Combined use of a videolaryngoscope and a flexible bronchoscope for awake tracheal intubation when front-of-neck airway is not an option
Anaesthesia; Otolaryngology, Head and Neck Surgery
We report a case of successful tracheal intubation with the combined use of a videolaryngoscope and flexible bronchoscope in a patient with difficult airway when both techniques had individually failed. A 35-year-old man presented with airway obstruction due to massive neck swelling causing hypoxia, stridor and respiratory distress. He had a history of oral cancer which had been resected with bilateral neck dissection and free flap reconstruction 2 months previously. Due to extensive anterior neck swelling, we judged that front-of-neck airway would not be a suitable approach. After unsuccessful attempts at awake tracheal intubation with videolaryngoscopy and flexible bronchoscopy separately, we combined both techniques with a successful outcome. By using a combined technique to address the specific problems presented by this case, a life-threatening emergency was resolved. This case highlights why it is useful for anaesthetists to be familiar with multiple techniques to awake tracheal intubation, both individually and in combination.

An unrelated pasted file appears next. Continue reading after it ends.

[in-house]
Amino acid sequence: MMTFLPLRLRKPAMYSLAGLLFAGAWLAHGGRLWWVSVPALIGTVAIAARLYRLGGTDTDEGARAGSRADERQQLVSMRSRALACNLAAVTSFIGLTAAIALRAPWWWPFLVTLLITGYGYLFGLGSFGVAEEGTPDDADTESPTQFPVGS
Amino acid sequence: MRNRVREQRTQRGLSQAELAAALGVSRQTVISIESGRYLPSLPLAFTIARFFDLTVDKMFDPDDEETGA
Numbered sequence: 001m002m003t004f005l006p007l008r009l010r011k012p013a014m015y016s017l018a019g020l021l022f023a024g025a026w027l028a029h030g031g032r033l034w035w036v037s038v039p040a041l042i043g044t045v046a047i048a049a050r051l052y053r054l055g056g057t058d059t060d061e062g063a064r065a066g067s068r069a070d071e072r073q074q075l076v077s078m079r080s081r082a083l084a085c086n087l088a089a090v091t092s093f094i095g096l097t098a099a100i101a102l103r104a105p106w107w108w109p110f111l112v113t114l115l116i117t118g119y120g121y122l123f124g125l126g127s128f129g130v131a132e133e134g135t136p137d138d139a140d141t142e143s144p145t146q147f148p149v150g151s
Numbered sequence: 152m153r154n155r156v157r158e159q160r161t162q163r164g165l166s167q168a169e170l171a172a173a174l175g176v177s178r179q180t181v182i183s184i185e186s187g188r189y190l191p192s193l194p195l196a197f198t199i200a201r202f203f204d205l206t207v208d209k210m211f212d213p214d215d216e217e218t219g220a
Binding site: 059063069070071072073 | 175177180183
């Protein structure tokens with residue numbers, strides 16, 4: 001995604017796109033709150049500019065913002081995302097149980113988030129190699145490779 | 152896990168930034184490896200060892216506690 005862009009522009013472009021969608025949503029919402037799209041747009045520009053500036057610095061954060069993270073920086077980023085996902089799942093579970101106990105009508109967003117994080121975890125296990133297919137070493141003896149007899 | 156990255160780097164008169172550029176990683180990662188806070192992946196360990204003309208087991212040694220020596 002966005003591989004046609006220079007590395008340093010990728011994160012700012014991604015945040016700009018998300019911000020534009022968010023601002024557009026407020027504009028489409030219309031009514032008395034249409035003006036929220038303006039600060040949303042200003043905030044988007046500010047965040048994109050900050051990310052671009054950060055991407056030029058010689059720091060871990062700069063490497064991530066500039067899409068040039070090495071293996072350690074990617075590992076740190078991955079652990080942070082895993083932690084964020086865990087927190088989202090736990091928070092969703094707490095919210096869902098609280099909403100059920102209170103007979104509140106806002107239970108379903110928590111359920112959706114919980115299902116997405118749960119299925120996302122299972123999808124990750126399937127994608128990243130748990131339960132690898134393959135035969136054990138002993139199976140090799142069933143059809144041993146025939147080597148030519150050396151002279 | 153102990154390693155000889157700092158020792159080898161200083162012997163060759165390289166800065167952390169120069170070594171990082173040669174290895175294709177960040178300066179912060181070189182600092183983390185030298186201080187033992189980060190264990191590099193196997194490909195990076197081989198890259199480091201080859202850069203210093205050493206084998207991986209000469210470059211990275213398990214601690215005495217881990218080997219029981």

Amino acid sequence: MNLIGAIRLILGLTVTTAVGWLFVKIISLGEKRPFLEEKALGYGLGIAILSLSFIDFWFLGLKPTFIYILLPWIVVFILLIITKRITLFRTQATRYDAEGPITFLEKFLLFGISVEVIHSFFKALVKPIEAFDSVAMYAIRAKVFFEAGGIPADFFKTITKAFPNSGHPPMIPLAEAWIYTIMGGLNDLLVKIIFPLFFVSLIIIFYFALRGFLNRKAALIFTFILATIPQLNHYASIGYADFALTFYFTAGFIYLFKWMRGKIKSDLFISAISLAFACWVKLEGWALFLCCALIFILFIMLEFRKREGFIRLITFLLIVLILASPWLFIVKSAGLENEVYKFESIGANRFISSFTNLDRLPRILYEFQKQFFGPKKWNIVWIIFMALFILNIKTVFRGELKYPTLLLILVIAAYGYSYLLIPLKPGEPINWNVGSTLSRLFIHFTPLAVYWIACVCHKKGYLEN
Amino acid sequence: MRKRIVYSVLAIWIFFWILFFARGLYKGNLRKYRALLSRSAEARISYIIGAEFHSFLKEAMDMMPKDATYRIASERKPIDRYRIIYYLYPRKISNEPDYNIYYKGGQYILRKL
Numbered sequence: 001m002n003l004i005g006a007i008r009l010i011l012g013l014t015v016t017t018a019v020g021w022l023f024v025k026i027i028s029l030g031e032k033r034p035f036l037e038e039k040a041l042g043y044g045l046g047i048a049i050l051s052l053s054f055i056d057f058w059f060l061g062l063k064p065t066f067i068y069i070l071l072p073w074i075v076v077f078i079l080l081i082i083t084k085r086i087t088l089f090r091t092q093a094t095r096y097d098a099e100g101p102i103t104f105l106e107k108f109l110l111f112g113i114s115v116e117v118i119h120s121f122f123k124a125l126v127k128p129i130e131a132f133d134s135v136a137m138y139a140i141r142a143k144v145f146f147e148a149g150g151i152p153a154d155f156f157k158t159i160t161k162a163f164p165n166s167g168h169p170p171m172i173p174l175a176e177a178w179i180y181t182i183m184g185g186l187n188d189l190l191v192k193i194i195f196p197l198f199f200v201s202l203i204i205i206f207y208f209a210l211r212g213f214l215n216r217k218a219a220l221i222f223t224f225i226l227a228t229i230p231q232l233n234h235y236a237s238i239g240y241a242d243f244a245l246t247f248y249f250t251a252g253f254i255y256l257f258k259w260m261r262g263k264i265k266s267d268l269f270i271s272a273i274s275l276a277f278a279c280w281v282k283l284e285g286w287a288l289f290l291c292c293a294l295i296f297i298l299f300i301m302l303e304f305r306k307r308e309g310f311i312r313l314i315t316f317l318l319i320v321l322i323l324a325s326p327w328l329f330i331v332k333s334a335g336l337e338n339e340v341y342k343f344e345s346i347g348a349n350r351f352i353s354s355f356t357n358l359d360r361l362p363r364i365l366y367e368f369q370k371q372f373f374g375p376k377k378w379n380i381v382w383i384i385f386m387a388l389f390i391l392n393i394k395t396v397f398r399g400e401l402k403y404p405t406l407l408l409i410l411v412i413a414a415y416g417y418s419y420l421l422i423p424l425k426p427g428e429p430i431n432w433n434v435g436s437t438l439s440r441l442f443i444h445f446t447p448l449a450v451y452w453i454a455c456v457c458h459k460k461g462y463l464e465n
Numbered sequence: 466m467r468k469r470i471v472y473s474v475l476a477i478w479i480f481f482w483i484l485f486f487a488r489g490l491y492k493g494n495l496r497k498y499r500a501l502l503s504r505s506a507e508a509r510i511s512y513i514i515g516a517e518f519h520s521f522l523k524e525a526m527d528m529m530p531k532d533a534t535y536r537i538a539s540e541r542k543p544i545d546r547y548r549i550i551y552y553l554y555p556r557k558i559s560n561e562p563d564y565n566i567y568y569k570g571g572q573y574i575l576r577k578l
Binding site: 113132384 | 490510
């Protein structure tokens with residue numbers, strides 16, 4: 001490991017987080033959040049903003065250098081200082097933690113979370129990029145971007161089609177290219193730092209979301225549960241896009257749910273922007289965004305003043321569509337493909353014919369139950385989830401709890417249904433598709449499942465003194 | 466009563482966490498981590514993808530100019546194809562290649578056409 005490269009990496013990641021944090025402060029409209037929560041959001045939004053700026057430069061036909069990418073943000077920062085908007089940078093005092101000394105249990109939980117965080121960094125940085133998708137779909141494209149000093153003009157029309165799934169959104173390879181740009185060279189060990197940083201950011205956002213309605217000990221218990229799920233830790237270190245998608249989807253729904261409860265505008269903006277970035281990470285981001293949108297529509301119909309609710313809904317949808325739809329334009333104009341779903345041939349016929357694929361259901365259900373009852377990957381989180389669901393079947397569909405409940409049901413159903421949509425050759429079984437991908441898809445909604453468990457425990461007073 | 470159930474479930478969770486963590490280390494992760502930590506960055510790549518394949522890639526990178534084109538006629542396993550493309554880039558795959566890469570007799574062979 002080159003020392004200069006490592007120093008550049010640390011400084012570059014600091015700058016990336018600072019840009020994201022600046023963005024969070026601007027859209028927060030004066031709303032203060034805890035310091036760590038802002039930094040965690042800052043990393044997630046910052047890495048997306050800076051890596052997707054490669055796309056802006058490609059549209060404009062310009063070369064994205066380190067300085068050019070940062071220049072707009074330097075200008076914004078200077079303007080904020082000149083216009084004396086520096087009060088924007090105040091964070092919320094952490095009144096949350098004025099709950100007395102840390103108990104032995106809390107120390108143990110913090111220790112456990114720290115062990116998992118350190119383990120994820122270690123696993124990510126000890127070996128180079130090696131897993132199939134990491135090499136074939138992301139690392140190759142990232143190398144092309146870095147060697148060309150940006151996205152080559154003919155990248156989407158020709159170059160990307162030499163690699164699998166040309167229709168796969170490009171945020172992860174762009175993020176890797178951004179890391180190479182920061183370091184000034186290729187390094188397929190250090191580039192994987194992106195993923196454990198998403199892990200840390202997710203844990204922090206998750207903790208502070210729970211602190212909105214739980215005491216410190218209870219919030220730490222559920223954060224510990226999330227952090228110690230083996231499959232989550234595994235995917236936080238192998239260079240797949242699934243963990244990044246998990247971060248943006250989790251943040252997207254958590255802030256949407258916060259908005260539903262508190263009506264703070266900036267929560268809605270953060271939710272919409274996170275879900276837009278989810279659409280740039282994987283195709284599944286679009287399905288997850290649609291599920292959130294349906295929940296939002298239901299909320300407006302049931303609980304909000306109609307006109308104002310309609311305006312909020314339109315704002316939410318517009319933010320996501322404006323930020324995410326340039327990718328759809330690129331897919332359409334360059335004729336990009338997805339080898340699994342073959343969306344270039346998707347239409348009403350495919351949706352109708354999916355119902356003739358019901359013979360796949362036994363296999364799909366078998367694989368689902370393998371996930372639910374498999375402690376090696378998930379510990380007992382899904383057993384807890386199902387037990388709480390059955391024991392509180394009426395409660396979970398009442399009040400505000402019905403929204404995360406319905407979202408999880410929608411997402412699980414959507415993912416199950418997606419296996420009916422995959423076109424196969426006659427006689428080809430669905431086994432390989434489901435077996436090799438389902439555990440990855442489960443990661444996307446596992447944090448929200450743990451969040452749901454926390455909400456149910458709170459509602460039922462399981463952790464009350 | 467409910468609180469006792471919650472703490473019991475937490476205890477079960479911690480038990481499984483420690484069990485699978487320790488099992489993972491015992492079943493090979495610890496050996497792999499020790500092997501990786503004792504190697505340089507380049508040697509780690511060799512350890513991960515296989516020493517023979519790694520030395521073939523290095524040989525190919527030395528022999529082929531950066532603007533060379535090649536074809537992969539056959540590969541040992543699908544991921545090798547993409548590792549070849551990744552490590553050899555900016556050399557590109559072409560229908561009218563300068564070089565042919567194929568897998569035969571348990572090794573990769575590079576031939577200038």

Publication ( Name of Journal)
Khan, M. F.,
Slote, M. U.,
Abbas, S. A.
(2021). Combined use of a videolaryngoscope and a flexible bronchoscope for awake tracheal intubation when front-of-neck airway is not an option. Anaesthesia Reports, 9(1), 12-15.
Available at: https://ecommons.aku.edu/pakistan_fhs_mc_anaesth/408